Can Building Design Impact Physical Activity? A Natural Experiment

in Journal of Physical Activity and Health
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Background: Workplace design can impact workday physical activity (PA) and sedentary time. The purpose of this study was to evaluate PA behavior among university employees before and after moving into a new building. Methods: A pre–post, experimental versus control group study design was used. PA data were collected using surveys and accelerometers from university faculty and staff. Accelerometry was used to compare those moving into the new building (MOVERS) and those remaining in existing buildings (NONMOVERS) and from a control group (CONTROLS). Results: Survey results showed increased self-reported PA for MOVERS and NONMOVERS. All 3 groups significantly increased in objectively collected daily energy expenditure and steps per day. The greatest steps per day increase was in CONTROLS (29.8%) compared with MOVERS (27.5%) and NONMOVERS (15.9%), but there were no significant differences between groups at pretest or posttest. Conclusions: Self-reported and objectively measured PA increased from pretest to posttest in all groups; thus, the increase cannot be attributed to the new building. Confounding factors may include contamination bias due to proximity of control site to experimental site and introduction of a university PA tracking contest during postdata collection. Methodology and results can inform future studies on best design practices for increasing PA.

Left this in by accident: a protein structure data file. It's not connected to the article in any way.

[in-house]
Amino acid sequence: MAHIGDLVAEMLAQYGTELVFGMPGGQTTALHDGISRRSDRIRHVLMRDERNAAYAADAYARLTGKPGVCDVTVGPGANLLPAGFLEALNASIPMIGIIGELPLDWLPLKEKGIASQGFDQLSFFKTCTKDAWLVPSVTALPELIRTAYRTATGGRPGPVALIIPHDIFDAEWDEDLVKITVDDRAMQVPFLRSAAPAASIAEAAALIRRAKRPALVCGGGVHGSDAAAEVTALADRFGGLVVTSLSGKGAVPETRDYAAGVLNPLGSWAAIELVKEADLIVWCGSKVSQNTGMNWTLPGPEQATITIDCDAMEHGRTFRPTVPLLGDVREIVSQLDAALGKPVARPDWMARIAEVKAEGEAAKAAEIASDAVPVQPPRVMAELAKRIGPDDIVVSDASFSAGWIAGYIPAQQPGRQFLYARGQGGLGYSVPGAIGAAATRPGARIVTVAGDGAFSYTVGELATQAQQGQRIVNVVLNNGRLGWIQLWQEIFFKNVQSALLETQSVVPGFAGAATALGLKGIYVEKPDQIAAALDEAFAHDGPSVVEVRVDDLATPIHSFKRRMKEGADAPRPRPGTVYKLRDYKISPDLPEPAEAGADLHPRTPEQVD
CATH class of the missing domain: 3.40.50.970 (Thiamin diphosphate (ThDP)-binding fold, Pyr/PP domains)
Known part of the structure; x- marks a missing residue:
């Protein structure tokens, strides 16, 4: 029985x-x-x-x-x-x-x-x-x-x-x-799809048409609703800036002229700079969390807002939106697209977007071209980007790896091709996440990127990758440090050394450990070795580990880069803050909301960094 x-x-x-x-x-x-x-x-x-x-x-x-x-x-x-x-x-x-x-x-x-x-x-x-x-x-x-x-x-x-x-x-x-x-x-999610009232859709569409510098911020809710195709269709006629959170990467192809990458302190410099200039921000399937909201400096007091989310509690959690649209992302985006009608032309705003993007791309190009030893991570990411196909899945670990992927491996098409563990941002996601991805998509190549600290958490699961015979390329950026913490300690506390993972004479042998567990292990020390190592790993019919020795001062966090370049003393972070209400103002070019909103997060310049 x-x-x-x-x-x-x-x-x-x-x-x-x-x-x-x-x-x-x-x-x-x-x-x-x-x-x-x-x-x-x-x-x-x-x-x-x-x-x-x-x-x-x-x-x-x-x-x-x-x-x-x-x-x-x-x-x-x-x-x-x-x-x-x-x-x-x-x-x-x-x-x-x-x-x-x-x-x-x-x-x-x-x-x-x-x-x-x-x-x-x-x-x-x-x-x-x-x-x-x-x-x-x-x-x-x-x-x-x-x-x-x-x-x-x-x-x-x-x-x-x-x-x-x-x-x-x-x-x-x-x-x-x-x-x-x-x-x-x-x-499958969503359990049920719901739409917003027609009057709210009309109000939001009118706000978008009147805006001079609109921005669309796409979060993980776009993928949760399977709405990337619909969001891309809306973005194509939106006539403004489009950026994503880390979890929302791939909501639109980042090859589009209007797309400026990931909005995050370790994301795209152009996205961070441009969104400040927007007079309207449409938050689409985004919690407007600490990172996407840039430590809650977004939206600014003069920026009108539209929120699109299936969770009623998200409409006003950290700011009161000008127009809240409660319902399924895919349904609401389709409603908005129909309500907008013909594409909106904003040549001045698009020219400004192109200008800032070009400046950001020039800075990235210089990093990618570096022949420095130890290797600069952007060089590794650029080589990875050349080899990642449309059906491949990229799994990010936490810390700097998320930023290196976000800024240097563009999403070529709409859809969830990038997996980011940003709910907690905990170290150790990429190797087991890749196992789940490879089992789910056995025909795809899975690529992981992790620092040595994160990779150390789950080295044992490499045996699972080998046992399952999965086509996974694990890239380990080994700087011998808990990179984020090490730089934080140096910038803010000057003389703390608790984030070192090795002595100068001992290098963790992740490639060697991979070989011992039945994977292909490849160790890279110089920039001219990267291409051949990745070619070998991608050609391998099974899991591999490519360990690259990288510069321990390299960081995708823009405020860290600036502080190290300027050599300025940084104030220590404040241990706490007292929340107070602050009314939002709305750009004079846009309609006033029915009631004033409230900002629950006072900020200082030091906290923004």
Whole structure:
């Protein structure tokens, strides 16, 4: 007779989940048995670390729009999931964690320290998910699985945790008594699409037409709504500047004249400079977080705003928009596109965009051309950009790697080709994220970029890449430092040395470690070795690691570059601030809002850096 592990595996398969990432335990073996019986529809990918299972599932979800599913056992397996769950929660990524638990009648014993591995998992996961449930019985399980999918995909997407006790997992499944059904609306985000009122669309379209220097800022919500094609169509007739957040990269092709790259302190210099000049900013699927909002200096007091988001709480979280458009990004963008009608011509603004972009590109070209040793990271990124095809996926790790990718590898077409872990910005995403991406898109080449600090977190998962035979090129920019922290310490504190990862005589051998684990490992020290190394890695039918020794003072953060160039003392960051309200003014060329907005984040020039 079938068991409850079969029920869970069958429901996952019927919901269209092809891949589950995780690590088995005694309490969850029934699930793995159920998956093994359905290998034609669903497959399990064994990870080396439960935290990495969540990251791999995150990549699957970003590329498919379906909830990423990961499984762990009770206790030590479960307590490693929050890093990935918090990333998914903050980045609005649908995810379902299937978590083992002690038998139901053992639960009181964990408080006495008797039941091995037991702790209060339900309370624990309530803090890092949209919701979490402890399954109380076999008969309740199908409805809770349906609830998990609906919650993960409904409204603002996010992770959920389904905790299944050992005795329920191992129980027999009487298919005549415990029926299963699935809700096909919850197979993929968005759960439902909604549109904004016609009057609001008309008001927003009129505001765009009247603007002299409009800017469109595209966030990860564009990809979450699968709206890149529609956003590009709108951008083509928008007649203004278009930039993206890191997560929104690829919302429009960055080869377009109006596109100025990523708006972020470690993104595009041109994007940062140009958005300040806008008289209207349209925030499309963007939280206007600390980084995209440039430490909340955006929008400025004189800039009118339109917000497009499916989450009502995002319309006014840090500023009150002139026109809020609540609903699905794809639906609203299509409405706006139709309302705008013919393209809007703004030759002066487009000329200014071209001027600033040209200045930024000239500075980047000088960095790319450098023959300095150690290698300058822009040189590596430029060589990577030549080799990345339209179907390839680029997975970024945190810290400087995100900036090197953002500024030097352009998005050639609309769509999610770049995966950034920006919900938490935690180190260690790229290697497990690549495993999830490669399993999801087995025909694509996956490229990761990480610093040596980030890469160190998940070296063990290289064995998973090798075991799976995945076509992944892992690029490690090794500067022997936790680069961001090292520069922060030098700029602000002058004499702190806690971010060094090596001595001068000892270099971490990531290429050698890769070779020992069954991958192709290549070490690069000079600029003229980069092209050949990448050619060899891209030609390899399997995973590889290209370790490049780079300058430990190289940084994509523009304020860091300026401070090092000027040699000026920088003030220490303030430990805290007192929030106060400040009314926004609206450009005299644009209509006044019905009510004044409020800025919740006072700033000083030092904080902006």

Eyler, Valko, Ramadas, and Zwald are with the Washington University in St. Louis, St. Louis, MO. Hipp is with the North Carolina State University, Raleigh, NC.

Eyler (aeyler@wustl.edu) is corresponding author.
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